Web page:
Some of you may remember this article that I wrote a while back in which I touched on the benefits of capturing wide-spectrum light rays with photographic sensors, and while I haven't seen anything about single-pixel detectors hitting the consumer market anytime soon, I'm cautiously optimistic that we'll soon be able to see some of these benefits anyway with the help of one of the lightest industrial materials on earth - Graphene!
A team of researchers at Nanyang Technological University in Singapore, with the help of a $200,000 grant has developed a camera sensor using Graphene which is - according to them, 1000x more sensitive than current pixel-based light sensor technology due to its ability to capture and hold light-generated electron particles from wavelengths beyond the visible spectrum. In laymen's terms, it "sees" a lot more light than our eyes can, and therefor can produce much cleaner images at higher ISO settings.
(Photo credit: Nanyang Technological University)
According to research team leader, Assistant Prof. Wang Qijie, the sensor has been developed with current manufacturing methods in mind, and can be built using the CMOS process which is already used to make the sensors that we see in our cameras today. While we often hear about technology that could, theoretically lead to innovation in the photographic industry - I'm cautiously optimistic that we'll actually be seeing these on the market in the not too distant future.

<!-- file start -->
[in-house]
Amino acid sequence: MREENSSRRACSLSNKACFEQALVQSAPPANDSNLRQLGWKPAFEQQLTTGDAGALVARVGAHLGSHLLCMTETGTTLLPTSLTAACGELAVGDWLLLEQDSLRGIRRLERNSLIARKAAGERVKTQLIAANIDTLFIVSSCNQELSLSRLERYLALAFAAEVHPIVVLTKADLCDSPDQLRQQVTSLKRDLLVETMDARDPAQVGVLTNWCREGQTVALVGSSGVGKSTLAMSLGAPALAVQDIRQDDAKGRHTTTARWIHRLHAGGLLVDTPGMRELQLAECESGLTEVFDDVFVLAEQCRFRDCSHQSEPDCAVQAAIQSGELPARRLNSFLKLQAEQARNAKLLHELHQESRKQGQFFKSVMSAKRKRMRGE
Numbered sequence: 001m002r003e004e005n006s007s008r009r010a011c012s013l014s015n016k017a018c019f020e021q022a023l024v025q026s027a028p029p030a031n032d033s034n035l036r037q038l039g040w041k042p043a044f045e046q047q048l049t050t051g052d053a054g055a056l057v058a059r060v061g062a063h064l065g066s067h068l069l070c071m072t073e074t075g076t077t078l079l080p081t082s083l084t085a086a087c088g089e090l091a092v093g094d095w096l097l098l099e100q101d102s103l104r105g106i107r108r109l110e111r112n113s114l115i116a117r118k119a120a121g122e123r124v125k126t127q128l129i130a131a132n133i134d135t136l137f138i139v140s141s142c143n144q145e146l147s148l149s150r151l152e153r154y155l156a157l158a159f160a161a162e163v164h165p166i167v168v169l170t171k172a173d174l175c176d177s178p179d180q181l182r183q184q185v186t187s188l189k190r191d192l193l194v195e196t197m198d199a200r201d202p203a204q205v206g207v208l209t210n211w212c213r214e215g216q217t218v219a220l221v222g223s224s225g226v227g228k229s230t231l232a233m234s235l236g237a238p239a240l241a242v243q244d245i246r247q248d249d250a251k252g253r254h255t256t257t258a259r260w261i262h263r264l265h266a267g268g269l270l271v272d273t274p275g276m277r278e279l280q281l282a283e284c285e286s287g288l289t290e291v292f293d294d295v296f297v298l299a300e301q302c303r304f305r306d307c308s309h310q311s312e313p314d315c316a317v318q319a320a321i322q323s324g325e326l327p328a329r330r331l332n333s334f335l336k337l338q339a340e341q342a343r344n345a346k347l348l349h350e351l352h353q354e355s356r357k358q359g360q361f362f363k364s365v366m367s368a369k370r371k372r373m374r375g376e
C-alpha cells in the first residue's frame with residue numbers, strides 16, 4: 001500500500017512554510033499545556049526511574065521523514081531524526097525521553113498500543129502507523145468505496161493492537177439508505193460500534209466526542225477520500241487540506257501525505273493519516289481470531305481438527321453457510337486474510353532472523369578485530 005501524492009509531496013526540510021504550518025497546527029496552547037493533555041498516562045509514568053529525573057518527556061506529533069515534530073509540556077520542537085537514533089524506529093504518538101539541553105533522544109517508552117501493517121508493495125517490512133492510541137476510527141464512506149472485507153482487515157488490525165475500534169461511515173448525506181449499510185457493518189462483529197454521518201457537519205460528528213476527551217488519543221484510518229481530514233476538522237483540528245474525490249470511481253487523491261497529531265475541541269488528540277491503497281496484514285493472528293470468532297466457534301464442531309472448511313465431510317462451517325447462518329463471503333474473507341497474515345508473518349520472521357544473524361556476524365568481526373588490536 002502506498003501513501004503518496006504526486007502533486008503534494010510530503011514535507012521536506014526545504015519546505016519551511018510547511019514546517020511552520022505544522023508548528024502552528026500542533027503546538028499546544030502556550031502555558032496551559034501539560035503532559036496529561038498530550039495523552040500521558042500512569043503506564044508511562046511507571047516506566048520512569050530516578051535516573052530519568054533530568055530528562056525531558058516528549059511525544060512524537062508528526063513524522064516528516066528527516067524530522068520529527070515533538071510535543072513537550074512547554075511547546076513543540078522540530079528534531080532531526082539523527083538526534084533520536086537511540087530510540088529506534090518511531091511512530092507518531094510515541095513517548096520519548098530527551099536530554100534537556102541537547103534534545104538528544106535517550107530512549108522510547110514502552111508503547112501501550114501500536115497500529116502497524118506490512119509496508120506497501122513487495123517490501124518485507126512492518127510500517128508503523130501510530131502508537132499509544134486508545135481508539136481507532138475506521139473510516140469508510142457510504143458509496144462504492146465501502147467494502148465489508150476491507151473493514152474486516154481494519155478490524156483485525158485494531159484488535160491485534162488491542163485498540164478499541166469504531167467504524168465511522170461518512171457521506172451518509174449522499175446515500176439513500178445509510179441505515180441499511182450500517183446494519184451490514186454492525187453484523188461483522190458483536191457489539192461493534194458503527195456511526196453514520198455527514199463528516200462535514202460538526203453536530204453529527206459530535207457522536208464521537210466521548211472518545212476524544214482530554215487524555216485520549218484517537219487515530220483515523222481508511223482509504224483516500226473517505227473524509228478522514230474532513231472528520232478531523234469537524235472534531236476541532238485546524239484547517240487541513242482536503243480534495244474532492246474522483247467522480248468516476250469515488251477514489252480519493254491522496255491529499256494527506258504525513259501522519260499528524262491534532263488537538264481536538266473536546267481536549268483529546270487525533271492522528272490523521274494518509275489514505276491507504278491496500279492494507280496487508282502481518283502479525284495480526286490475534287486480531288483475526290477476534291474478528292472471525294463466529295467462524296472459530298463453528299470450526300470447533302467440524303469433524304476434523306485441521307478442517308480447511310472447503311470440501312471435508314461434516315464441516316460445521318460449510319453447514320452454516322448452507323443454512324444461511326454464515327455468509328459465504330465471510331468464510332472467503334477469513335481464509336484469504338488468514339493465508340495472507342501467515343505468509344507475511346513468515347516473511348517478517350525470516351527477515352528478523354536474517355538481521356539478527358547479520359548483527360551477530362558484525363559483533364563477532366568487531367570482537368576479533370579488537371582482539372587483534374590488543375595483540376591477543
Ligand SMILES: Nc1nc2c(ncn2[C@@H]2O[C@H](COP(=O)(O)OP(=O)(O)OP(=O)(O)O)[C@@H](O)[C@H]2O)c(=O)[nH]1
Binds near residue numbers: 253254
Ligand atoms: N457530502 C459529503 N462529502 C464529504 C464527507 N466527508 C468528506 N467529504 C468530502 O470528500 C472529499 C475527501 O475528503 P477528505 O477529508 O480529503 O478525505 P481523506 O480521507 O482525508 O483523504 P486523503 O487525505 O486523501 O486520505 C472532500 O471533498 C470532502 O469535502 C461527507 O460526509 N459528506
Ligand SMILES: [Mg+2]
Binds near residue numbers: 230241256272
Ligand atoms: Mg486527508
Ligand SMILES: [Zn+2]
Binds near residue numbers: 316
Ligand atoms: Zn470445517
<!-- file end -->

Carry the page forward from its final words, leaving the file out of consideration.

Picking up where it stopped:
So, what does this mean to photographers? While I can't compare this to the jump from film to digital, its still huge - especially if you're someone who frequently has to shoot in low light. I guess the question is then, how big of a difference will these actually make? On that point all I can do is speculate. While they say it will amount to 1000x efficiency I highly doubt we'll see the next generation of DSLR's with ISO 100,000,000... I can't think of any new technology that's actually lived up to it's claims of potential in its first appearance in the consumer market whether it's due to manufacturing limitations, cost-cutting measures, or plans to increase the capabilities in stages for maximum profit. What I can tell you, is when this does come to market shooting at ISO 6400, 12800, and even higher won't be considered a last resort anymore.
Outside of traditional photographic purposes, there is also hope that this technology can be used to improve security systems, satellite imaging, and infrared detection.